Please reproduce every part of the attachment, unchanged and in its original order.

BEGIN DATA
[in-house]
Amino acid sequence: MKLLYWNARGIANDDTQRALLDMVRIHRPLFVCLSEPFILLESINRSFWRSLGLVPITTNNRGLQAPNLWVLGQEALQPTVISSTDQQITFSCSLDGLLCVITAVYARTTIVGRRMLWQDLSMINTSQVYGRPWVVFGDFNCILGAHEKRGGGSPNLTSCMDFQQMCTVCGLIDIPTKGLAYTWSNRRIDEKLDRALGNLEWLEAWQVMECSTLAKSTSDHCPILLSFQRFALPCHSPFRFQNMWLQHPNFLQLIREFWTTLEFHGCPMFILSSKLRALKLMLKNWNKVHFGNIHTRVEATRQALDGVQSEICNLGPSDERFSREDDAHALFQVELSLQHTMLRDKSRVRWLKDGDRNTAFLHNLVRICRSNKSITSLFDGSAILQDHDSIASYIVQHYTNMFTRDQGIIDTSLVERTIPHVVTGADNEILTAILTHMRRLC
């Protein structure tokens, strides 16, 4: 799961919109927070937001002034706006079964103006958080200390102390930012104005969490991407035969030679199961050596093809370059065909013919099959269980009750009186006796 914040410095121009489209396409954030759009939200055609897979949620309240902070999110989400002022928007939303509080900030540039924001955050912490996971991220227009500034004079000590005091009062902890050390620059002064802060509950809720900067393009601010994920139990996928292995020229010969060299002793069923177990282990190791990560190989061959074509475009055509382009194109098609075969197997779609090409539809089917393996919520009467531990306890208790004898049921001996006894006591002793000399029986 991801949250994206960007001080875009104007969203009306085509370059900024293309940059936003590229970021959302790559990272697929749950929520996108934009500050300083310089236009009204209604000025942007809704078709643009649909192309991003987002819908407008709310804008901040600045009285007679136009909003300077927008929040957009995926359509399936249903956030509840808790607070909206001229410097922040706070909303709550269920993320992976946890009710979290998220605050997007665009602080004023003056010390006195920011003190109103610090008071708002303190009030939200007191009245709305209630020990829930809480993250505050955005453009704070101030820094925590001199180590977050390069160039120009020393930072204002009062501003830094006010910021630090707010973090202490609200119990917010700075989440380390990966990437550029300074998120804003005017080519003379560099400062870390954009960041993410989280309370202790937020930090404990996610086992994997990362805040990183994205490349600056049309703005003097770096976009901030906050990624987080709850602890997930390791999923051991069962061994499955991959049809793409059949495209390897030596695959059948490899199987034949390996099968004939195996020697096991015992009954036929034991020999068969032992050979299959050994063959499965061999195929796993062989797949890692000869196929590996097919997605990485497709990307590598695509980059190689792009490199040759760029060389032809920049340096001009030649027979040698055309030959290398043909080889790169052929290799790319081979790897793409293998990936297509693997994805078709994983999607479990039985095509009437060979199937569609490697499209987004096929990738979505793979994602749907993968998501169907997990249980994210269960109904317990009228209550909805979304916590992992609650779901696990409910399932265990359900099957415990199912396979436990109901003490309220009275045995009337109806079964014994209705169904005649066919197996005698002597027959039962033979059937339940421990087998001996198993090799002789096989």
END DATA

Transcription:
[in-house]
Amino acid sequence: MKLLYWNARGIANDDTQRALLDMVRIHRPLFVCLSEPFILLESINRSFWRSLGLVPITTNNRGLQAPNLWVLGQEALQPTVISSTDQQITFSCSLDGLLCVITAVYARTTIVGRRMLWQDLSMINTSQVYGRPWVVFGDFNCILGAHEKRGGGSPNLTSCMDFQQMCTVCGLIDIPTKGLAYTWSNRRIDEKLDRALGNLEWLEAWQVMECSTLAKSTSDHCPILLSFQRFALPCHSPFRFQNMWLQHPNFLQLIREFWTTLEFHGCPMFILSSKLRALKLMLKNWNKVHFGNIHTRVEATRQALDGVQSEICNLGPSDERFSREDDAHALFQVELSLQHTMLRDKSRVRWLKDGDRNTAFLHNLVRICRSNKSITSLFDGSAILQDHDSIASYIVQHYTNMFTRDQGIIDTSLVERTIPHVVTGADNEILTAILTHMRRLC
């Protein structure tokens, strides 16, 4: 799961919109927070937001002034706006079964103006958080200390102390930012104005969490991407035969030679199961050596093809370059065909013919099959269980009750009186006796 914040410095121009489209396409954030759009939200055609897979949620309240902070999110989400002022928007939303509080900030540039924001955050912490996971991220227009500034004079000590005091009062902890050390620059002064802060509950809720900067393009601010994920139990996928292995020229010969060299002793069923177990282990190791990560190989061959074509475009055509382009194109098609075969197997779609090409539809089917393996919520009467531990306890208790004898049921001996006894006591002793000399029986 991801949250994206960007001080875009104007969203009306085509370059900024293309940059936003590229970021959302790559990272697929749950929520996108934009500050300083310089236009009204209604000025942007809704078709643009649909192309991003987002819908407008709310804008901040600045009285007679136009909003300077927008929040957009995926359509399936249903956030509840808790607070909206001229410097922040706070909303709550269920993320992976946890009710979290998220605050997007665009602080004023003056010390006195920011003190109103610090008071708002303190009030939200007191009245709305209630020990829930809480993250505050955005453009704070101030820094925590001199180590977050390069160039120009020393930072204002009062501003830094006010910021630090707010973090202490609200119990917010700075989440380390990966990437550029300074998120804003005017080519003379560099400062870390954009960041993410989280309370202790937020930090404990996610086992994997990362805040990183994205490349600056049309703005003097770096976009901030906050990624987080709850602890997930390791999923051991069962061994499955991959049809793409059949495209390897030596695959059948490899199987034949390996099968004939195996020697096991015992009954036929034991020999068969032992050979299959050994063959499965061999195929796993062989797949890692000869196929590996097919997605990485497709990307590598695509980059190689792009490199040759760029060389032809920049340096001009030649027979040698055309030959290398043909080889790169052929290799790319081979790897793409293998990936297509693997994805078709994983999607479990039985095509009437060979199937569609490697499209987004096929990738979505793979994602749907993968998501169907997990249980994210269960109904317990009228209550909805979304916590992992609650779901696990409910399932265990359900099957415990199912396979436990109901003490309220009275045995009337109806079964014994209705169904005649066919197996005698002597027959039962033979059937339940421990087998001996198993090799002789096989």